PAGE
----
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Blog Farsight TXT Record

New DNSDB -V summarize option: Sometimes "Less" Is "More"

1. Introduction

As part of a recent update to DNSDB, dnsdbq now offers a “-V summarize” verb (this is an implementation of the “estimation of result size” feature mentioned in an earlier blog article). Since we covered the new feature using DNSDB Scout in that initial article, we will only focus on dnsdbq, Farsight’s DNSDB command line client written in C, here.

To make use of the new dnsdbq -V summarize feature, begin by ensuring that you’re running the latest available version of dnsdbq. The manual page for the new verb describes the -V option as:

 -V verb
      The verb to perform, i.e. the type of query, either "lookup" or
      "summarize".  The default is the "lookup" verb.  As an option, you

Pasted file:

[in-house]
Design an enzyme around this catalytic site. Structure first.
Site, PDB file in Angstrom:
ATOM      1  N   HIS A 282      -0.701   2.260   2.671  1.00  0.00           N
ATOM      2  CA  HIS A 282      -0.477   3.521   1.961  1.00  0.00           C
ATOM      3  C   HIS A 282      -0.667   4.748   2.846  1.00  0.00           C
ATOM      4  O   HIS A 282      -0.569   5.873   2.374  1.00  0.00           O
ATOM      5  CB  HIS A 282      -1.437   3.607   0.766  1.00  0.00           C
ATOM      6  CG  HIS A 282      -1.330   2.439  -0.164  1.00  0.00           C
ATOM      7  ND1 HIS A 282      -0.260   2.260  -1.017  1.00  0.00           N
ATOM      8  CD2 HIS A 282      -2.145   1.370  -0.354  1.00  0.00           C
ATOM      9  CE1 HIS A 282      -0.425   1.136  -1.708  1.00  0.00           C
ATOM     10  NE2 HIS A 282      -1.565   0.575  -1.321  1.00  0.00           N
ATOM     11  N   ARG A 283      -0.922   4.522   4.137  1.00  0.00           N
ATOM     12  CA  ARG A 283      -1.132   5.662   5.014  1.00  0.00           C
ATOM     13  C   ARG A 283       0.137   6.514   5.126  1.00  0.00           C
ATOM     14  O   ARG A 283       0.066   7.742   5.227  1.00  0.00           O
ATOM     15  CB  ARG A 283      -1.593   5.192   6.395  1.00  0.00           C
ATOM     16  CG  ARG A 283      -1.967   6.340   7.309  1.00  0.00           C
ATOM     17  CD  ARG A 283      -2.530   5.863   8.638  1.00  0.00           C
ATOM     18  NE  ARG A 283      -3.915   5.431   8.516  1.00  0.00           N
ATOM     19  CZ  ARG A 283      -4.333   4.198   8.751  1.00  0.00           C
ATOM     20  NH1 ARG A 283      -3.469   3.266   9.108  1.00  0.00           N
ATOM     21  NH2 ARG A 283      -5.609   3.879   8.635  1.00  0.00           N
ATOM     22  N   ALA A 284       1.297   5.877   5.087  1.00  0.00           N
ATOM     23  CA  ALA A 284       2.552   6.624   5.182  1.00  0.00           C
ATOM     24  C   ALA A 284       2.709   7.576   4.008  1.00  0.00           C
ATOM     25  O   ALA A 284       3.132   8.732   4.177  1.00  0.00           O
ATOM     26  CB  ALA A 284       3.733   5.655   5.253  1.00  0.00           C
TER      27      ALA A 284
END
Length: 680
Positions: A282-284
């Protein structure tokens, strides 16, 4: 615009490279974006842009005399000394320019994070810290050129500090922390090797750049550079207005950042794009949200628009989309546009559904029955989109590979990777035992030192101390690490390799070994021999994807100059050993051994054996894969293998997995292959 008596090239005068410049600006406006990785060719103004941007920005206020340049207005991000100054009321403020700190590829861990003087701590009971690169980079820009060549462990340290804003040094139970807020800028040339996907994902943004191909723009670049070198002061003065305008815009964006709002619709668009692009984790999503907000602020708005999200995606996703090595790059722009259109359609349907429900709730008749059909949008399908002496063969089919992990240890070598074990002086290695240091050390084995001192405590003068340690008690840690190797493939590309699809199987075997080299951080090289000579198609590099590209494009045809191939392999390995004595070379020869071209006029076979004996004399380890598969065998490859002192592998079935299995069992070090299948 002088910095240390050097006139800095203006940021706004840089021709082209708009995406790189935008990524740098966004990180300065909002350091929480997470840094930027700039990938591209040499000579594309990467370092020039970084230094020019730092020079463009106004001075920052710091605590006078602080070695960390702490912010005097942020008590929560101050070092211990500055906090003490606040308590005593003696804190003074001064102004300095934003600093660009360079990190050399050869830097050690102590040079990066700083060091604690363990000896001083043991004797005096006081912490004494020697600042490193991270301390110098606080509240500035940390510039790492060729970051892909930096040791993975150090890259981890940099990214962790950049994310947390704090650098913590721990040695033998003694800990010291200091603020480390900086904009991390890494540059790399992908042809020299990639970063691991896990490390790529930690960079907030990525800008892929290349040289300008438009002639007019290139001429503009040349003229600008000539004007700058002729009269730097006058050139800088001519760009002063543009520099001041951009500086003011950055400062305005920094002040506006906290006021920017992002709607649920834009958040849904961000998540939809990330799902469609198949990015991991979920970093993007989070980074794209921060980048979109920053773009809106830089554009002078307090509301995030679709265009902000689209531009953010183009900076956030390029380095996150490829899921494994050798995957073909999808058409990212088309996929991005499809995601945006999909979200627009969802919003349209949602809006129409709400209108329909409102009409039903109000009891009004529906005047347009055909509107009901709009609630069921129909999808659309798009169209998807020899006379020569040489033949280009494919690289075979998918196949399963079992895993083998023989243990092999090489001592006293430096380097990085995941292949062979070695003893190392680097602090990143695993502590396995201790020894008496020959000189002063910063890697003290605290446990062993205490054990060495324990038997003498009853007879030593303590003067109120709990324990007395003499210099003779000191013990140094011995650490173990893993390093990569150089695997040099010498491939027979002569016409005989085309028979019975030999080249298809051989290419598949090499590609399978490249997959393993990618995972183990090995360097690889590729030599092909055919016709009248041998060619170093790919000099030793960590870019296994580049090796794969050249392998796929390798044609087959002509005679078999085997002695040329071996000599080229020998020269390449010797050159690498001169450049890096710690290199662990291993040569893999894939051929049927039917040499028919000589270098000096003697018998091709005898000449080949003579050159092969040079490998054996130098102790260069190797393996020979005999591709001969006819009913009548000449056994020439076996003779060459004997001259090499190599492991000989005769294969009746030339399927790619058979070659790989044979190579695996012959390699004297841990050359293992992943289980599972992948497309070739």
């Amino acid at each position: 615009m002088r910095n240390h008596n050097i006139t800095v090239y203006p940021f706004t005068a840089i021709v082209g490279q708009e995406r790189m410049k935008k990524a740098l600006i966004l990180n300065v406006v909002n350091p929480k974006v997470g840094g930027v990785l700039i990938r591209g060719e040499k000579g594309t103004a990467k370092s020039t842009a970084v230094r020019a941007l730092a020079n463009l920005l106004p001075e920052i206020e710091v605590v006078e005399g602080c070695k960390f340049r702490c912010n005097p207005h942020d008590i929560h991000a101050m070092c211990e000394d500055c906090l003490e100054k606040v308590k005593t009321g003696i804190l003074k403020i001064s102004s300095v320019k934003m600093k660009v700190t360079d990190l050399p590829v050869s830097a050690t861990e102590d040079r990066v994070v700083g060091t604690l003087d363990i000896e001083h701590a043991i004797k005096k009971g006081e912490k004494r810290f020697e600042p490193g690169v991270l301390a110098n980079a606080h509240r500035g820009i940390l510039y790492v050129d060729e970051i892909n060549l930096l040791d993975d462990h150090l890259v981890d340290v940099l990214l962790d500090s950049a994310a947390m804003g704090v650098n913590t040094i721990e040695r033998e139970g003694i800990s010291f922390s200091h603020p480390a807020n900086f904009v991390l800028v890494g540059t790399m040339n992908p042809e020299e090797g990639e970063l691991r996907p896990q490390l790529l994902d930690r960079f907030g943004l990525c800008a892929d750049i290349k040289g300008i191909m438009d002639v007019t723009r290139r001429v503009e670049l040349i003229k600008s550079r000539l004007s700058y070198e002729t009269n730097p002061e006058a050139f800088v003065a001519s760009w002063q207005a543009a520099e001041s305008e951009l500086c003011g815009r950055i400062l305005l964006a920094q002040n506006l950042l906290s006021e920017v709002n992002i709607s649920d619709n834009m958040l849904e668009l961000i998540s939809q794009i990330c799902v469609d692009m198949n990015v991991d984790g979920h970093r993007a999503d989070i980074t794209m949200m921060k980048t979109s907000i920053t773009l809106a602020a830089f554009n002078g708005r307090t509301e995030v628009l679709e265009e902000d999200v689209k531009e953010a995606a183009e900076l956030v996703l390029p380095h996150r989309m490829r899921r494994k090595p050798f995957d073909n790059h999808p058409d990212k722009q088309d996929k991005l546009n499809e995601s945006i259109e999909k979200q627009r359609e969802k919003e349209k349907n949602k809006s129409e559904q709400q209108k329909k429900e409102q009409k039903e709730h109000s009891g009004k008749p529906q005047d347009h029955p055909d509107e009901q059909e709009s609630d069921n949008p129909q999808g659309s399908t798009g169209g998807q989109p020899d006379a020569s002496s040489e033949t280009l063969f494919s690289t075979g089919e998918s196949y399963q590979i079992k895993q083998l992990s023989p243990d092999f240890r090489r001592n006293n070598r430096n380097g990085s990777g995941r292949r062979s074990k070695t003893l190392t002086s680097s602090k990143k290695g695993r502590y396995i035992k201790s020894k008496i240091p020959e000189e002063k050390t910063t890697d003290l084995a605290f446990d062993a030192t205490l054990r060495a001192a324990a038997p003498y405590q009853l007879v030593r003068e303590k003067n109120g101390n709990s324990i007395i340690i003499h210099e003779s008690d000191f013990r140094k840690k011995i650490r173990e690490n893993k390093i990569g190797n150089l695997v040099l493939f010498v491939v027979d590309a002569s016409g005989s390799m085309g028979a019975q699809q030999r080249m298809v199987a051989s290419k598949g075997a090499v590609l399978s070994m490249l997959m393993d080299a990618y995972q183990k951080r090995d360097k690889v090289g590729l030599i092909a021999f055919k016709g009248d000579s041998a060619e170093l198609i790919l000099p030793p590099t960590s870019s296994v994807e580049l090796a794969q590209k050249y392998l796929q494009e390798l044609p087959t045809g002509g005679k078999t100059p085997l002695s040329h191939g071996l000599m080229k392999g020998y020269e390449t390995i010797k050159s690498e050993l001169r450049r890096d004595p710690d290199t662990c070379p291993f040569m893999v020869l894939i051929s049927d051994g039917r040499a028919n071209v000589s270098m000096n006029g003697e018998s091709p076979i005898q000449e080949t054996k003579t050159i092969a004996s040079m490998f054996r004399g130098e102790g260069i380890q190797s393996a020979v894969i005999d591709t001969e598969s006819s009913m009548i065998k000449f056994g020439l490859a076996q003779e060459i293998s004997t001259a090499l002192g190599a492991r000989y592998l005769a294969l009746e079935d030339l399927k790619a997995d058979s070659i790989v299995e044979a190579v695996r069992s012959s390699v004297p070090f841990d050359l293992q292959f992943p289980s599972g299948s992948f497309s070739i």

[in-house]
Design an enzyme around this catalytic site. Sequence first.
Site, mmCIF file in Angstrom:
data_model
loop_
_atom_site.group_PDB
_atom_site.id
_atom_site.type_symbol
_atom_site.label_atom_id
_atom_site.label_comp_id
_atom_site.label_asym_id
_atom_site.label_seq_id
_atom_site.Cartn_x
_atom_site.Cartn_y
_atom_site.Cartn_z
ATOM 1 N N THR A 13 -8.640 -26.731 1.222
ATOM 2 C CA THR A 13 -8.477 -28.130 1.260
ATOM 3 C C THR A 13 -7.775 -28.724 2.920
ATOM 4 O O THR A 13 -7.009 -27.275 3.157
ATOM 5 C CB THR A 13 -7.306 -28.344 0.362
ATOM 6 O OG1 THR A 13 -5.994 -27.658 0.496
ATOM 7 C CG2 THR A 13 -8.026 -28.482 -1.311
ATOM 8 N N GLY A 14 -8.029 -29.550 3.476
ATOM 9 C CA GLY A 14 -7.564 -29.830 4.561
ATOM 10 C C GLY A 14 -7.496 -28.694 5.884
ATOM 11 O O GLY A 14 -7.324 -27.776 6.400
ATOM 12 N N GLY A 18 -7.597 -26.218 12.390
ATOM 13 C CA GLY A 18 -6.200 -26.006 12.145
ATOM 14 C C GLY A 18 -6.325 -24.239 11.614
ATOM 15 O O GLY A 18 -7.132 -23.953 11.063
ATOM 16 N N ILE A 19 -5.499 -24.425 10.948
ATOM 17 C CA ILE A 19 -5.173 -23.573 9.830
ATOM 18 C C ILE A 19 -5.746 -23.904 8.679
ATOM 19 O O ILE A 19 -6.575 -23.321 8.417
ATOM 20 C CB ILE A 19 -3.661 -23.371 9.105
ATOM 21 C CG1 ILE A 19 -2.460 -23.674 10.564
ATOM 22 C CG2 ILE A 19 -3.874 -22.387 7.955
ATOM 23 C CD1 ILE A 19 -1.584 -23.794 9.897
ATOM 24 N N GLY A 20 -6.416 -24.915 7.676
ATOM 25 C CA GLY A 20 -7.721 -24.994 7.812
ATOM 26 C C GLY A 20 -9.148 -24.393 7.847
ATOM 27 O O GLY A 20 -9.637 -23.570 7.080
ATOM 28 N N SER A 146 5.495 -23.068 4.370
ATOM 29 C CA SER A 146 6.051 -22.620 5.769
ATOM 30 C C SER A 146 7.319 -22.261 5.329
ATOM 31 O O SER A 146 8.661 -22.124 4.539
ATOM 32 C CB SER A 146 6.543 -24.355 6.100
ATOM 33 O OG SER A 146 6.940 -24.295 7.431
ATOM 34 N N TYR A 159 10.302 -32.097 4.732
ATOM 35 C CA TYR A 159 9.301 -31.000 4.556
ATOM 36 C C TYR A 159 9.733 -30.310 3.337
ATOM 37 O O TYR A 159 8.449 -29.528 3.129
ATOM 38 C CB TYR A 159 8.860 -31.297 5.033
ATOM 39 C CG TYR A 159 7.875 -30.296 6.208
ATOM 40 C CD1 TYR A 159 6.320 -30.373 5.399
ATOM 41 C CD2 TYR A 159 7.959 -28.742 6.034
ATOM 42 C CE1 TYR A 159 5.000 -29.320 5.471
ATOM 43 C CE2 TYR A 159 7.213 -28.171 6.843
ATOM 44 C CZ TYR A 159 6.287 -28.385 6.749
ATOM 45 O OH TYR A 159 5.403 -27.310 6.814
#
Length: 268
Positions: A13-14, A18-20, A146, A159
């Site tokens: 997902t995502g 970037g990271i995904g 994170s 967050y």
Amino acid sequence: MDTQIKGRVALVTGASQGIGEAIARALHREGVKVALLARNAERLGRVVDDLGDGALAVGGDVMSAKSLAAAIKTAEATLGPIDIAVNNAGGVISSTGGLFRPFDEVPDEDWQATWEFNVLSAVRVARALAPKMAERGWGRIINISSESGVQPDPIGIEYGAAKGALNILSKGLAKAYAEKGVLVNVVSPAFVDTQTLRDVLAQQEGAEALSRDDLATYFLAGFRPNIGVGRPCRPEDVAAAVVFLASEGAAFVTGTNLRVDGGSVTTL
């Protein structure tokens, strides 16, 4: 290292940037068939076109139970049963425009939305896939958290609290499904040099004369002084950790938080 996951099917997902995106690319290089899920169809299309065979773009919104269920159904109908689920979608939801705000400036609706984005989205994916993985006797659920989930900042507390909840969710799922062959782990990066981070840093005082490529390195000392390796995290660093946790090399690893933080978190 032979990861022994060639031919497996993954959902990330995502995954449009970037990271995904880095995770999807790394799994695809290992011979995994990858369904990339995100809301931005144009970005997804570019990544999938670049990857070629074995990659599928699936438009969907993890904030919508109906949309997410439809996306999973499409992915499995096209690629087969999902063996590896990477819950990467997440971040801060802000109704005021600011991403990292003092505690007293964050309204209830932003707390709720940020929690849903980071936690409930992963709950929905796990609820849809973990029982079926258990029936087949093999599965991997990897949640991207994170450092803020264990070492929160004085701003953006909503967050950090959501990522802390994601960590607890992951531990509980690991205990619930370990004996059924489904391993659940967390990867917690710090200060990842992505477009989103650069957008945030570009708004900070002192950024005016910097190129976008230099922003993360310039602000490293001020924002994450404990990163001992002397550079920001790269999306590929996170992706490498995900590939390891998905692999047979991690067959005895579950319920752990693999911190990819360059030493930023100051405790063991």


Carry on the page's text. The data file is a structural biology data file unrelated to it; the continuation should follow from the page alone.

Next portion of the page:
can specify the "summarize" verb, which gives you an estimate of
      result size.  At-a-glance, it provides information on when a given
      domain name, IP address or other DNS asset was first-seen and last-
      seen by the global sensor network, as well as the total observation

As noted in the manual page, when you specify -V summarize in dnsdbq you will get JUST:

  • The first- and last-seen time across the returned results
  • The summed counts tallied across the returned results
  • But, NO detail records will be provided for the returned results.

2. Example A: www.mit.edu/A/mit.edu

It may help to consider an example. Let’s ask for RRname results for www.mit.edu/A/mit.edu, and limit that query to three results:

$ dnsdbq -r www.mit.edu/A/mit.edu -l 3
;; record times: 2010-06-24 06:02:21 .. 2013-04-01 16:52:02
;; count: 5215640; bailiwick: mit.edu.
www.mit.edu.  A

;; record times: 2013-01-22 21:10:33 .. 2013-01-23 00:11:57
;; count: 452; bailiwick: mit.edu.
www.mit.edu.  A
www.mit.edu.  A
www.mit.edu.  A